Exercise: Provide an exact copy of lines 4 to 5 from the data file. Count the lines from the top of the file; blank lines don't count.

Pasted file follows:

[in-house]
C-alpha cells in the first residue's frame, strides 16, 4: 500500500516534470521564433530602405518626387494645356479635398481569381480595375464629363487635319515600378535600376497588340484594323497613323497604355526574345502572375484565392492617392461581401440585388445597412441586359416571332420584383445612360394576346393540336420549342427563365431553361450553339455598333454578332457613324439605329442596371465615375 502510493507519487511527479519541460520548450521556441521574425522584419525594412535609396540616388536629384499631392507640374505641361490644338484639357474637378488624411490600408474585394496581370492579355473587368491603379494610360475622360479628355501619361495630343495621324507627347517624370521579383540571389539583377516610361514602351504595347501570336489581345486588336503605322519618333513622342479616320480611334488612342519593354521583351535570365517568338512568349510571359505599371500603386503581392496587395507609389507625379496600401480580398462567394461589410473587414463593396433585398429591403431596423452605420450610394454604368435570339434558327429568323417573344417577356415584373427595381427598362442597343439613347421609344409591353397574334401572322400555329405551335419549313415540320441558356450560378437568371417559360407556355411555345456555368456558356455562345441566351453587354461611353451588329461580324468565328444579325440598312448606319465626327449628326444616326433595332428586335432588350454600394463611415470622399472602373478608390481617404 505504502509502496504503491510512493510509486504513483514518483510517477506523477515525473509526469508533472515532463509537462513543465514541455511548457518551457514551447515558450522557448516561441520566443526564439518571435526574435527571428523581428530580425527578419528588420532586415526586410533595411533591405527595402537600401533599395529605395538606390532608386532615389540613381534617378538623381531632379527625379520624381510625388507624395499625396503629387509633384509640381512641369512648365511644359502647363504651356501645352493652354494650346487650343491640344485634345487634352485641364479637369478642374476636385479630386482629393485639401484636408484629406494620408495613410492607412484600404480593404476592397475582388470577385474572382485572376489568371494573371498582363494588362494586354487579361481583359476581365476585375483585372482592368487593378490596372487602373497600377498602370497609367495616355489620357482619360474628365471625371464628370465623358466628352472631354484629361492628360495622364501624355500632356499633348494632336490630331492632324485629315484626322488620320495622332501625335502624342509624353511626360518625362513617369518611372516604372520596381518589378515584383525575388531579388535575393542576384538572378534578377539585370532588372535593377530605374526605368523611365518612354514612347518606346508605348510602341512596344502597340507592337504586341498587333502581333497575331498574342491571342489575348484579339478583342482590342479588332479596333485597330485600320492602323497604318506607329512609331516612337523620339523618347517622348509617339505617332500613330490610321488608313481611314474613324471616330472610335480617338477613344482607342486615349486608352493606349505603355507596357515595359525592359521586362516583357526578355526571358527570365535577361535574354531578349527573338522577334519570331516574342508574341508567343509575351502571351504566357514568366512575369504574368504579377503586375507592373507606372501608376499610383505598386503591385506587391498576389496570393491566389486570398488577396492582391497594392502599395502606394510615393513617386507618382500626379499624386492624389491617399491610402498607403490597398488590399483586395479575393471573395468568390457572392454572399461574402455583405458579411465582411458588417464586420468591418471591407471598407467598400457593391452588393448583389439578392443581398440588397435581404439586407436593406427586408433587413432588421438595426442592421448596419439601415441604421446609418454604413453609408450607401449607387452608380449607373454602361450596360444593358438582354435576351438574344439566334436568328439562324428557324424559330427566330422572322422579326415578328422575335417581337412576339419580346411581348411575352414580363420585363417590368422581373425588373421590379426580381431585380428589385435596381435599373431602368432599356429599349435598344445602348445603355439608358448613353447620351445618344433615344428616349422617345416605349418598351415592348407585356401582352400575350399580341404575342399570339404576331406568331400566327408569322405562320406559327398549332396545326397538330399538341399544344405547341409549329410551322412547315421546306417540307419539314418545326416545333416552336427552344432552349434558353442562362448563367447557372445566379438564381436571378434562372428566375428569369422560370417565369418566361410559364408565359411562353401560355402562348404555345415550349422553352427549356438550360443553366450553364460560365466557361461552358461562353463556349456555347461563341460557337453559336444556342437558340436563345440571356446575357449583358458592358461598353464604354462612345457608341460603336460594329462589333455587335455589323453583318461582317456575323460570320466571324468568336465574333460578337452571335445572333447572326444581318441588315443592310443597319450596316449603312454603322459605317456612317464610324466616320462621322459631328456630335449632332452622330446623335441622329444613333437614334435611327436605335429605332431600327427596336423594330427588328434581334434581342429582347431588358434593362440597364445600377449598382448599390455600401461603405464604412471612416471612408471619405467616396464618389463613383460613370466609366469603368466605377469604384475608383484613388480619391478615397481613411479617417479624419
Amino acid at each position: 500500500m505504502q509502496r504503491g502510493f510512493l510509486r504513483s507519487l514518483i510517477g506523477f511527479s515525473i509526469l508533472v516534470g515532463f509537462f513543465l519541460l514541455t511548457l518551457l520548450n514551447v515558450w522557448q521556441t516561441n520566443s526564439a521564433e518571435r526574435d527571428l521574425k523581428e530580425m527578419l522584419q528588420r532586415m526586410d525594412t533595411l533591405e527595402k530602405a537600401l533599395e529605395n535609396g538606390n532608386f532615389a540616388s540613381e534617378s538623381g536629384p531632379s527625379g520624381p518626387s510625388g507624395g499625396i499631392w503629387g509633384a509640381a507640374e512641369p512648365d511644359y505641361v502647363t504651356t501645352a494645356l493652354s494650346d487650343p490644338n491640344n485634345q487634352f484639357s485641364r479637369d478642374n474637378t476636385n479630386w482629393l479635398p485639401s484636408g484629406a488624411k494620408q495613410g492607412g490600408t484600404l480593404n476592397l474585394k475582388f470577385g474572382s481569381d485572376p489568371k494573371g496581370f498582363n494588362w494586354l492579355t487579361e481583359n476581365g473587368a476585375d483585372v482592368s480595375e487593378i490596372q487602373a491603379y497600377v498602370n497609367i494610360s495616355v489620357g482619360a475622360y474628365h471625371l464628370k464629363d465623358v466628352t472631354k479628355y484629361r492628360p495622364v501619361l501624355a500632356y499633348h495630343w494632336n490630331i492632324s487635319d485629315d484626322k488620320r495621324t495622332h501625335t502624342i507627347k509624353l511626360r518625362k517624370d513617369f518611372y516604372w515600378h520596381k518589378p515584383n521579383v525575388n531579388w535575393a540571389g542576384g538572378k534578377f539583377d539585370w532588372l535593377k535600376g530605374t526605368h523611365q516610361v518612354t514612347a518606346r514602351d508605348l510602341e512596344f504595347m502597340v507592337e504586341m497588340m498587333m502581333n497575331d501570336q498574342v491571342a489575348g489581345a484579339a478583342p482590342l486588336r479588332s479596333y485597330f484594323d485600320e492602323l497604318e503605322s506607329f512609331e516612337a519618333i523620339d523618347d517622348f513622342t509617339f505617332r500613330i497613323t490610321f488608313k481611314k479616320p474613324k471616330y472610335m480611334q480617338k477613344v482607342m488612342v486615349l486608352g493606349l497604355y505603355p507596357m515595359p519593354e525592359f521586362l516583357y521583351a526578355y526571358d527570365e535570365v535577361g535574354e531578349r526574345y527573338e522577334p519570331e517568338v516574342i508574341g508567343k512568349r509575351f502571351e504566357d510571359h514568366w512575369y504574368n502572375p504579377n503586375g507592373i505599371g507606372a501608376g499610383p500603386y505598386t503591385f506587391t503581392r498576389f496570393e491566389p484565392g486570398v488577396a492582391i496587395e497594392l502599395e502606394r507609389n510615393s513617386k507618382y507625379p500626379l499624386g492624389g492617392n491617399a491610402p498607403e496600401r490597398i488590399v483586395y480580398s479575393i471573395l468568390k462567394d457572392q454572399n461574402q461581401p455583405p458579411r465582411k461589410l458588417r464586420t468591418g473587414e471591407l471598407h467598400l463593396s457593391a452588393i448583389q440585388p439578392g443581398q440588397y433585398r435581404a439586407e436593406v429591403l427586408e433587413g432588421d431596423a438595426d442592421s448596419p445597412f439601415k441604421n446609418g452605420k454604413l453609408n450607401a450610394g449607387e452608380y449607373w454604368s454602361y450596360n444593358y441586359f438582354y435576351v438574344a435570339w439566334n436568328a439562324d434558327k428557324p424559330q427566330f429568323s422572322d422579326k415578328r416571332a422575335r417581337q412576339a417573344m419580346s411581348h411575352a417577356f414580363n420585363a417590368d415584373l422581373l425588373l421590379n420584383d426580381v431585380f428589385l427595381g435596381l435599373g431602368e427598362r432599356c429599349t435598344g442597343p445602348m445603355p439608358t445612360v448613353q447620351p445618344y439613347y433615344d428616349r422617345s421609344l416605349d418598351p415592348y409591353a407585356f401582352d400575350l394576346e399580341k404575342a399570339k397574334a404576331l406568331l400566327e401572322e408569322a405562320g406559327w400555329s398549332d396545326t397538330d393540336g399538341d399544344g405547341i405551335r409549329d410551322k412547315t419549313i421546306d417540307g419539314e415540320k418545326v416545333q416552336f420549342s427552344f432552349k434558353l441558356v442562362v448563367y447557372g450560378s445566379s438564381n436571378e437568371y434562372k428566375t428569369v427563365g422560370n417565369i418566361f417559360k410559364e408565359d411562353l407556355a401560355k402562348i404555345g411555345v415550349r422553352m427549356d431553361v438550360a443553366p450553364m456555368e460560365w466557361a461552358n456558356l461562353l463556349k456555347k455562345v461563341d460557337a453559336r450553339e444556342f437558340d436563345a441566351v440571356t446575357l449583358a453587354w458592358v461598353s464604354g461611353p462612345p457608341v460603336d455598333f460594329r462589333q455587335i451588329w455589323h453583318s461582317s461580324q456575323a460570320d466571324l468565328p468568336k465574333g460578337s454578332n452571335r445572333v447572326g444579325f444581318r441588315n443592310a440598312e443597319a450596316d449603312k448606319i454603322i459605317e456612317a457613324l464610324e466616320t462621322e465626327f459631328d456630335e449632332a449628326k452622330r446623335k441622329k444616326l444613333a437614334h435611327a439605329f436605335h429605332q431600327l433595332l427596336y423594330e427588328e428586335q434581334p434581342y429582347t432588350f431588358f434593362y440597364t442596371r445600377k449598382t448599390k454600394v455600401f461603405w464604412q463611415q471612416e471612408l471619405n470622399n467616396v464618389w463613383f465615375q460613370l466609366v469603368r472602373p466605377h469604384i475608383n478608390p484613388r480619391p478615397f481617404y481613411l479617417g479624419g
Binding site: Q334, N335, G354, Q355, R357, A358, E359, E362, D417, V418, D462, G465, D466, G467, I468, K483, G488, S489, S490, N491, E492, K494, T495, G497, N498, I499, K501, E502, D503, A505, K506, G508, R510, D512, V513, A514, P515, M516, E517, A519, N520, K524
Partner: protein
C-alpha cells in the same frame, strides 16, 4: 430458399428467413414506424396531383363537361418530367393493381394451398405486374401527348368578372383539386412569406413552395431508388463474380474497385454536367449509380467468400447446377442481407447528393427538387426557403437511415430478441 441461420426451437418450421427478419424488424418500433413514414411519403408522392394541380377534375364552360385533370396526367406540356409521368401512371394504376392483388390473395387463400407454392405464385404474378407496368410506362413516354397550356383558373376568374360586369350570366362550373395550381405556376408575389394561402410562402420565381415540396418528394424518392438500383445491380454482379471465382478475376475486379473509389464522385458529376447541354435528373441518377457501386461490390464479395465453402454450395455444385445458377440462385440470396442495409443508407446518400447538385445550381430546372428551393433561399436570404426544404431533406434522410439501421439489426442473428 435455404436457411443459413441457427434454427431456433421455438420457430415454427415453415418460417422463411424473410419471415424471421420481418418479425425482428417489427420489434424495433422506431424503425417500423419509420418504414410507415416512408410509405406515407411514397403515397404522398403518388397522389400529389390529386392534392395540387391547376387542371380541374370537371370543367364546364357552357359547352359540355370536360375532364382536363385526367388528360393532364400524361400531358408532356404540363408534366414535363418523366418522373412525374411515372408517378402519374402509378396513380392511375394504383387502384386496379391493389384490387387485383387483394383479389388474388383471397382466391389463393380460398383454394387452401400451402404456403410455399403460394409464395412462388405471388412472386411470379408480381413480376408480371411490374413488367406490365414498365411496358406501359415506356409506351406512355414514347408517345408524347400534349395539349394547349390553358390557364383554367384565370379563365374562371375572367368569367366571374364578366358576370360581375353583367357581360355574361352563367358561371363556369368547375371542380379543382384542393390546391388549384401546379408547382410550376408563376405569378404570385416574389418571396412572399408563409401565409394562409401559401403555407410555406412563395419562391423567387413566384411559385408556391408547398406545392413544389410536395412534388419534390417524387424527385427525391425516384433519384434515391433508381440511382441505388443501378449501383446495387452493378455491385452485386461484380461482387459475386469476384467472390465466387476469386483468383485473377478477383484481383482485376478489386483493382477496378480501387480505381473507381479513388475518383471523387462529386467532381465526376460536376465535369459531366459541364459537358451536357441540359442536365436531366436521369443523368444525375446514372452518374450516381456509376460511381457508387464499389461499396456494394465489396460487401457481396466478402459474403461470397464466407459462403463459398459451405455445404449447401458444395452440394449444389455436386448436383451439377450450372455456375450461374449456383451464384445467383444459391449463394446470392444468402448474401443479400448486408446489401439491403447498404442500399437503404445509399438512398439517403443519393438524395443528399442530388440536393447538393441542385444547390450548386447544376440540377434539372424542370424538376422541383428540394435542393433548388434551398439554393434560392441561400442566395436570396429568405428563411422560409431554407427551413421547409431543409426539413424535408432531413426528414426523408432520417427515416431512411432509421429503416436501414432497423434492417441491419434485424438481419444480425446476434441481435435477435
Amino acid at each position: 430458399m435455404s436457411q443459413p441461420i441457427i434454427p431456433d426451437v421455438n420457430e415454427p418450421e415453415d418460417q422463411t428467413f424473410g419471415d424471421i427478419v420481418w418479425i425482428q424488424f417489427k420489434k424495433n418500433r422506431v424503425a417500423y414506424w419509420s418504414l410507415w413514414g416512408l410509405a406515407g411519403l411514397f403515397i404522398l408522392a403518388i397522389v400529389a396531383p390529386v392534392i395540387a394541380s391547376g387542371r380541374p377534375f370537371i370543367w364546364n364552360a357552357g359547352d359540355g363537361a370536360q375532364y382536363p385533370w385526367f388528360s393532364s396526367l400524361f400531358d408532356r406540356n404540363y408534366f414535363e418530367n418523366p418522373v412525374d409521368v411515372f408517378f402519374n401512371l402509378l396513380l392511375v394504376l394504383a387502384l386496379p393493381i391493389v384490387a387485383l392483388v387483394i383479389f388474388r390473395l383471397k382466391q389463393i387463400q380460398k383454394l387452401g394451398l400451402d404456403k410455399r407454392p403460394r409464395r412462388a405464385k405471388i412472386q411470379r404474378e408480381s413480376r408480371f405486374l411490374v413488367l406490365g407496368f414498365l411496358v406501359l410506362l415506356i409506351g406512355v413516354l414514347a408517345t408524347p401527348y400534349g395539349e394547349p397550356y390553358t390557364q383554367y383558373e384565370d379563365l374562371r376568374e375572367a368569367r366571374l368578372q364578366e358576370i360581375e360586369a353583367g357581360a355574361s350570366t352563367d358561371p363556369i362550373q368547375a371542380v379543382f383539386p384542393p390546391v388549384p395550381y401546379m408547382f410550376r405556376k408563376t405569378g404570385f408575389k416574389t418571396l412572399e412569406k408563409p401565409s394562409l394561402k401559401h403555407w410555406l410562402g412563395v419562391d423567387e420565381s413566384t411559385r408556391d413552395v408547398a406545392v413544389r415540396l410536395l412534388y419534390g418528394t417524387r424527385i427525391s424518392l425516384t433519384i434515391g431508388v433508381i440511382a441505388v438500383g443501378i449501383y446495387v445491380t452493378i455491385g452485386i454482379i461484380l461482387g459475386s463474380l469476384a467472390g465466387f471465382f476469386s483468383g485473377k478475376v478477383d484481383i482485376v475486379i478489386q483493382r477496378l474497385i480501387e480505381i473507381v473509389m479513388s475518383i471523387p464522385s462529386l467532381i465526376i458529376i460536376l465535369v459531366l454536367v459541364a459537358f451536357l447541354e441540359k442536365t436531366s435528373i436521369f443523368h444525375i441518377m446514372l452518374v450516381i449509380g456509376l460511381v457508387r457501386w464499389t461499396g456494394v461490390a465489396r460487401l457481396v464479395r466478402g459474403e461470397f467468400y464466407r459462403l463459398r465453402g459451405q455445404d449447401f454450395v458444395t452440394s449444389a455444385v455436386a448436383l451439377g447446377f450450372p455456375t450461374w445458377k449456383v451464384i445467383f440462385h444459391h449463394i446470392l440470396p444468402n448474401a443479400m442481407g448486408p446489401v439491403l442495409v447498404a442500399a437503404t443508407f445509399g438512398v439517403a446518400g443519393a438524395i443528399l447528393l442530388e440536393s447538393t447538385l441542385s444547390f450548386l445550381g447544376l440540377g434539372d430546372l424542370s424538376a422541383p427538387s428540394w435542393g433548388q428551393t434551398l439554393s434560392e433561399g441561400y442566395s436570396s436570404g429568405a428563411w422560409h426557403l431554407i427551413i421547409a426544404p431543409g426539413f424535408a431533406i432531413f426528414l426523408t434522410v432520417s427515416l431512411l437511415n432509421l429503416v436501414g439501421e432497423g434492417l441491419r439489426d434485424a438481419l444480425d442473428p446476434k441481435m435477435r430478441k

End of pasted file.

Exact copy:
Binding site: Q334, N335, G354, Q355, R357, A358, E359, E362, D417, V418, D462, G465, D466, G467, I468, K483, G488, S489, S490, N491, E492, K494, T495, G497, N498, I499, K501, E502, D503, A505, K506, G508, R510, D512, V513, A514, P515, M516, E517, A519, N520, K524
Partner: protein